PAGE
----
As Muslims observe Ramadan, President Obama on Wednesday evening hosted an Iftar -- a meal after sundown to break the fast of the daylight hours -- at the White House. Following are his remarks, as released by the White House Press Office.
THE PRESIDENT: Thank you. Thank you so much. (Applause.) Everyone, please have a seat, have a seat.
Good evening, everyone, and welcome to the White House. Tonight is part of a rich tradition here at the White House of celebrating the holy days of many faiths and the diversity that define us as a nation. So these are quintessentially American celebrations -- people of different faiths coming together, with humility before our maker, to reaffirm our obligations to one another, because no matter who we are, or how we pray, we’re all children of a loving God.
Now, this year, Ramadan is entirely in August. That means the days are long, the weather is hot, and you are hungry. (Laughter.) So I will be brief.
I want to welcome the members of the diplomatic corps who are here; the members of Congress, including two Muslim American members of Congress -- Keith Ellison and Andre Carson; and leaders and officials from across my administration. Thank you all for being here. Please give them a big round of applause. (Applause.)
To the millions of Muslim Americans across the United States and more -- the more than one billion Muslims around the world, Ramadan is a time of reflection and a time of devotion. It’s an occasion to join with family and friends in celebration of a faith known for its diversity and a commitment to justice and the dignity of all human beings. So to you and your families, Ramadan Kareem.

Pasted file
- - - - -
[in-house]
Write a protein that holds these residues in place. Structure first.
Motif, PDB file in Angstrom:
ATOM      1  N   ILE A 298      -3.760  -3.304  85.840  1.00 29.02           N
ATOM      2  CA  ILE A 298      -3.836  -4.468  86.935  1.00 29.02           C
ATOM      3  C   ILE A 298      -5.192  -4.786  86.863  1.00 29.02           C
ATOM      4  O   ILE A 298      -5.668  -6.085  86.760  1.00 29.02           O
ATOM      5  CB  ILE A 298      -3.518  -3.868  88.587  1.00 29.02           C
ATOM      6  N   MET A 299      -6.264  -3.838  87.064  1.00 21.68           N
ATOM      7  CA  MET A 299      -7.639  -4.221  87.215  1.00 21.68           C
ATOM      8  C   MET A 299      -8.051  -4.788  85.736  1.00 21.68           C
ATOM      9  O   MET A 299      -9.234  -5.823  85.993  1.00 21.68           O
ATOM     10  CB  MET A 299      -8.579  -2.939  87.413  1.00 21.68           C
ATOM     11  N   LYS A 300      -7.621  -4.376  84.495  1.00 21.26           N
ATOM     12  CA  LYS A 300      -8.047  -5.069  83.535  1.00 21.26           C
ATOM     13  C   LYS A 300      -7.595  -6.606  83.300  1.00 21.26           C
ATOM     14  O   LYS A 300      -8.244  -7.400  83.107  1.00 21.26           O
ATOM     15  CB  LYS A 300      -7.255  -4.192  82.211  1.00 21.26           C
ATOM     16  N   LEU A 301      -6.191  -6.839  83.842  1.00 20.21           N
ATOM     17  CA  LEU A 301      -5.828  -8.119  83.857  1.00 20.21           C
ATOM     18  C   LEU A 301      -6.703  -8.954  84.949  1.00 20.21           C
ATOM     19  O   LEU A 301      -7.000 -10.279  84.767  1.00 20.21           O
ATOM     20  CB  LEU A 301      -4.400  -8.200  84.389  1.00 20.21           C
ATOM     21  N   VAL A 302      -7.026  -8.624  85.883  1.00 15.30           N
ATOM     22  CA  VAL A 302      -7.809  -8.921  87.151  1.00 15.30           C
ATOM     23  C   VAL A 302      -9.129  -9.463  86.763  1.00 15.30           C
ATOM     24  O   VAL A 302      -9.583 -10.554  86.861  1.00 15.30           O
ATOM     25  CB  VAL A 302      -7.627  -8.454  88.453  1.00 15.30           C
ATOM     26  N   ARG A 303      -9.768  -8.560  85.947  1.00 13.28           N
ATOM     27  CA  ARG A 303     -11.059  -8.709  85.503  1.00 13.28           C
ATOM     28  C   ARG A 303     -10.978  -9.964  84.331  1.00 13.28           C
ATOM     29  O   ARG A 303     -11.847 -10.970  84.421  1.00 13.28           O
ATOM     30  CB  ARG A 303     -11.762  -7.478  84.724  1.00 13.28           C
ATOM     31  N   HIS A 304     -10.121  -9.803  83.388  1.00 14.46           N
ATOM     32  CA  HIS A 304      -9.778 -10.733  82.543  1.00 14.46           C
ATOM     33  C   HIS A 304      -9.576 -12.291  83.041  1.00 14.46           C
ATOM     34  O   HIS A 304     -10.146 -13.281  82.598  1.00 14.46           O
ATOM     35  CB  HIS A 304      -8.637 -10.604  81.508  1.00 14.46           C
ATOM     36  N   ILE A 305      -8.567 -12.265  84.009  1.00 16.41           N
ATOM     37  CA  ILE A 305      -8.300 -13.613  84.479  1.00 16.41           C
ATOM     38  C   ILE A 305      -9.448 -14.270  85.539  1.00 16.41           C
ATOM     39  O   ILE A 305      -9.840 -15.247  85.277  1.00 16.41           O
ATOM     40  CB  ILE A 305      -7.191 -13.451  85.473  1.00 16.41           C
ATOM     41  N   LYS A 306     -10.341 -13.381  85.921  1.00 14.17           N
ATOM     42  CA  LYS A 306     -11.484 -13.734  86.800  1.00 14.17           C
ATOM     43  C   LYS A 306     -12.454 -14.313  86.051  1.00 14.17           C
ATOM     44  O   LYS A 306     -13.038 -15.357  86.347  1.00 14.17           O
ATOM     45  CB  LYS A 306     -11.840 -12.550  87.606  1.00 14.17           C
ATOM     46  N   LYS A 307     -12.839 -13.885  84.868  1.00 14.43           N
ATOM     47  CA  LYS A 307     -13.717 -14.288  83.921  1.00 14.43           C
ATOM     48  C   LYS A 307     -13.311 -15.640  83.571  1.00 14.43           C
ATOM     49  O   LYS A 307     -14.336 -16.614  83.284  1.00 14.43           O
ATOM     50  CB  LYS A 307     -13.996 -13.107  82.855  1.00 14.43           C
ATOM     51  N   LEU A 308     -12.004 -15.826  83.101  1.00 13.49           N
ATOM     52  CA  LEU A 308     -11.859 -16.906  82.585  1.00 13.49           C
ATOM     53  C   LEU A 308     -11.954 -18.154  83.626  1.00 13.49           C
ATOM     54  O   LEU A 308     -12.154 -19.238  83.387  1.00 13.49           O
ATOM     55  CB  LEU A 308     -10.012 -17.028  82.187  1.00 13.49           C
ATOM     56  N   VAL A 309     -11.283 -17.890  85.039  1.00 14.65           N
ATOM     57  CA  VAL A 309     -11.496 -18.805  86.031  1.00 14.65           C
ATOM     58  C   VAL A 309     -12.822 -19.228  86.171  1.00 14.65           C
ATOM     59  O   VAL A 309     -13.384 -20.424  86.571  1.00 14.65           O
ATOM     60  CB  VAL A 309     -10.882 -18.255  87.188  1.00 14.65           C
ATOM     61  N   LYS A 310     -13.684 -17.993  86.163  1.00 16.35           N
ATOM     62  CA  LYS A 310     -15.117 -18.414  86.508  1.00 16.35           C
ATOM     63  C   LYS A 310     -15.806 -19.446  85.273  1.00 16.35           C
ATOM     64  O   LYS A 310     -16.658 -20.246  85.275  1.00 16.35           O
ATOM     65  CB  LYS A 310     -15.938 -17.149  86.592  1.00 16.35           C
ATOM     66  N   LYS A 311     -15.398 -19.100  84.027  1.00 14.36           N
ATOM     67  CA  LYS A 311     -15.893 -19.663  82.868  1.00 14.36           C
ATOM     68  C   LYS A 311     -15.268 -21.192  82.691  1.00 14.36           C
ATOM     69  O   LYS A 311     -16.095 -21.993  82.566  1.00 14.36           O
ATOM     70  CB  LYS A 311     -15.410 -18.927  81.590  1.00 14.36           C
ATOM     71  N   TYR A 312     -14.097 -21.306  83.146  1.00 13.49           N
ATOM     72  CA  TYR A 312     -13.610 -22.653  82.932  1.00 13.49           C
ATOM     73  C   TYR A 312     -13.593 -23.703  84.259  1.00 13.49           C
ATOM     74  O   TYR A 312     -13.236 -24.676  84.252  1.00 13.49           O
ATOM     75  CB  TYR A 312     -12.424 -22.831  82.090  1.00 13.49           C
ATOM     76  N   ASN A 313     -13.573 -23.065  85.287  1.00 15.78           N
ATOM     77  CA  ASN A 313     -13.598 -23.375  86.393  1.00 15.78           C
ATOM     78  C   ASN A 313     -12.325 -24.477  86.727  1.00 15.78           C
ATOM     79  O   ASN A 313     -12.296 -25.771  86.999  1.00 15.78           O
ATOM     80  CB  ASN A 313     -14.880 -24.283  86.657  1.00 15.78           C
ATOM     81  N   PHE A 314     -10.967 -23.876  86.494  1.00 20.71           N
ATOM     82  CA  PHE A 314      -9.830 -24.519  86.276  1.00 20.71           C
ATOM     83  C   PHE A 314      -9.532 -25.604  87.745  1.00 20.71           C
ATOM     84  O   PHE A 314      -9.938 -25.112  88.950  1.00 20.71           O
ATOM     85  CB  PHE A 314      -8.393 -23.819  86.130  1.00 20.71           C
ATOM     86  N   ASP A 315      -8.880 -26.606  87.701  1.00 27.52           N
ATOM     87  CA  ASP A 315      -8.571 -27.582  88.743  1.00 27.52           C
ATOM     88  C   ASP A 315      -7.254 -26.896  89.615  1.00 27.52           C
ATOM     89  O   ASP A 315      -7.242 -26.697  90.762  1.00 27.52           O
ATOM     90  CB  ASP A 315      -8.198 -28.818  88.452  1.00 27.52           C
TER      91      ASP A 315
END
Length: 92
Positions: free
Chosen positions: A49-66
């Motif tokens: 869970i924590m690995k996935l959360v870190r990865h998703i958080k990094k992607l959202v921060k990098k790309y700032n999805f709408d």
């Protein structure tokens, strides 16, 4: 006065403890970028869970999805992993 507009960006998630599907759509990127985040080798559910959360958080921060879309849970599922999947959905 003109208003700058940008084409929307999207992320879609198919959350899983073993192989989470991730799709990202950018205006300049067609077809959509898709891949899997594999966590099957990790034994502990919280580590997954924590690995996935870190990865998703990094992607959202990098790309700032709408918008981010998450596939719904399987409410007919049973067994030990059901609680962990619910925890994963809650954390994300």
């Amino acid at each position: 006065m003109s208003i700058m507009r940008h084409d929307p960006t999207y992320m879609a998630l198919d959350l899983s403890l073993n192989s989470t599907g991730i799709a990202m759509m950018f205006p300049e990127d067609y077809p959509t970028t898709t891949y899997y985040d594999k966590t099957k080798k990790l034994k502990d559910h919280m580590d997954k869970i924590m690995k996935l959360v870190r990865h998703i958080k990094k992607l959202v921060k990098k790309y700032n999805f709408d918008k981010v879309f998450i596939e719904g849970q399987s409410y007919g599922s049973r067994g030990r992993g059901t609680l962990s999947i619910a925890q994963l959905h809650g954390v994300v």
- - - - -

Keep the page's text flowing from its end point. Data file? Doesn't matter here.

This evening reminds us of both the timeless teachings of a great religion and the enduring strengths of a great nation. Like so many faiths, Islam has always been part of our American family, and Muslim Americans have long contributed to the strength and character of our country, in all walks of life. This has been especially true over the past 10 years.
In one month, we will mark the 10th anniversary of those awful attacks that brought so much pain to our hearts. It will be a time to honor all those that we’ve lost, the families who carry on their legacy, the heroes who rushed to help that day and all who have served to keep us safe during a difficult decade. And tonight, it’s worth remembering that these Americans were of many faiths and backgrounds, including proud and patriotic Muslim Americans.
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